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Blank Canvas: 1972 Dodge Polara Pursuit Car


This 1972 Dodge Polara began its life as a Sheriff’s pursuit vehicle in Minnesota. We don’t know everywhere it has been since then, but now you have the opportunity to begin its next chapter. Thanks to Troy U. for sending in this find, now located in Laguna Beach, California. It’s listed for sale here on eBay, where enthusiastic bidding (18 at this count) hasn’t broken the $1,000 mark yet!


Yes, there are areas that are pretty rough here. If you want to restore this car, you’re going to have to really love these big Mopars, because I’m pretty sure you’re not going to come out on top financially. However, there are other options besides pulling the mechanical bits to use in something else.


And there are certainly areas that are pretty good, too. I was surprised to see this trunk pictured with no holes. The seller, who seems to know quite a bit about these cars, also points out the solid window channels and intact windshield and has included detailed pictures of door jambs and some other locations where I think rust would be common.


The interior looks like a plain police car interior should; functional but not exactly stylish. The two spotlights are still in place from its working days; you can see the control handles in this picture.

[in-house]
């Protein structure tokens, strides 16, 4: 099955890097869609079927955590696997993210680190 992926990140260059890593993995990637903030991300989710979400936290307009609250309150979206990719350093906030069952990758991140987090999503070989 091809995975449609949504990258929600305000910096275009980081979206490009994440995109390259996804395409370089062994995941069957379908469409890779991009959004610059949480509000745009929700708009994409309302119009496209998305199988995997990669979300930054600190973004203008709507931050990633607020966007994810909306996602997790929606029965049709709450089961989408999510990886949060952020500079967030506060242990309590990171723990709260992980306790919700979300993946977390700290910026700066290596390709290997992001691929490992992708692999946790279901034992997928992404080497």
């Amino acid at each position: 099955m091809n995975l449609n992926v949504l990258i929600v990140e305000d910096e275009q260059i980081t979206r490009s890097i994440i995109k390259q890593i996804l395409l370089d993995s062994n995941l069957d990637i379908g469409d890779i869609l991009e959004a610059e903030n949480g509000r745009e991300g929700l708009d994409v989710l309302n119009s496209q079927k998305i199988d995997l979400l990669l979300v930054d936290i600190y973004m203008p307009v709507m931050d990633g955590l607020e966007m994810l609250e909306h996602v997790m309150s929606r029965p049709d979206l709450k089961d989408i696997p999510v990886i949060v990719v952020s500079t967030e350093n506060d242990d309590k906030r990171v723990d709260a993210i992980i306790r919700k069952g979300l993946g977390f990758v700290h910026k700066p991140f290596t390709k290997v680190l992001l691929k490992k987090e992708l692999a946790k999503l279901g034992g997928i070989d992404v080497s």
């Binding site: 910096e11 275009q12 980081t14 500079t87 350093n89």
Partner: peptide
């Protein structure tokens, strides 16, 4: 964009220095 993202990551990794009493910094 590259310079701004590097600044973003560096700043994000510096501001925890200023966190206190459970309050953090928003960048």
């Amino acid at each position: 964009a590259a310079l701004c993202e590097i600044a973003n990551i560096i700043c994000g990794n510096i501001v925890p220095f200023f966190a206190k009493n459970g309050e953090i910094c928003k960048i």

The seller clearly thinks the engine is one of the most desirable components of the car as they highlight it in the listing. It’s a 400 cubic inch V-8 but it hasn’t run for years. It does have a four-barrel carburetor and dual exhaust, and you can see the air conditioning compressor in this picture (sans belt, of course). The ad suggests creating a movie replica  and the seller has even sourced a red “gumball” roof light and a push bumper, as well as “whip” antennas. I’d almost rather see someone mechanically refurbish the car and leave the cosmetics alone, just to surprise folks at the next stoplight. What would you do with this large blue blank canvas?


  1. Alan (Michigan)

    Drive at night, be sure to wear sunglasses.
    Realistic seller will be parting with this car.

    Rolled next to a very convincing Crown Vic last night, still had the push bumper and all of the antennas, but no lights that I could see. The non-municipal plate gave it away as someone’s toy. That great, unique Michigan SHP blue is intimidating as hell when it first appears in your mirror…

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  2. L J

    I would restore body and drive train, but the suspension I would upgrade. It probably has a good sway bar on the rear, but I would want it to handle about as good as most cars do today.

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  3. fred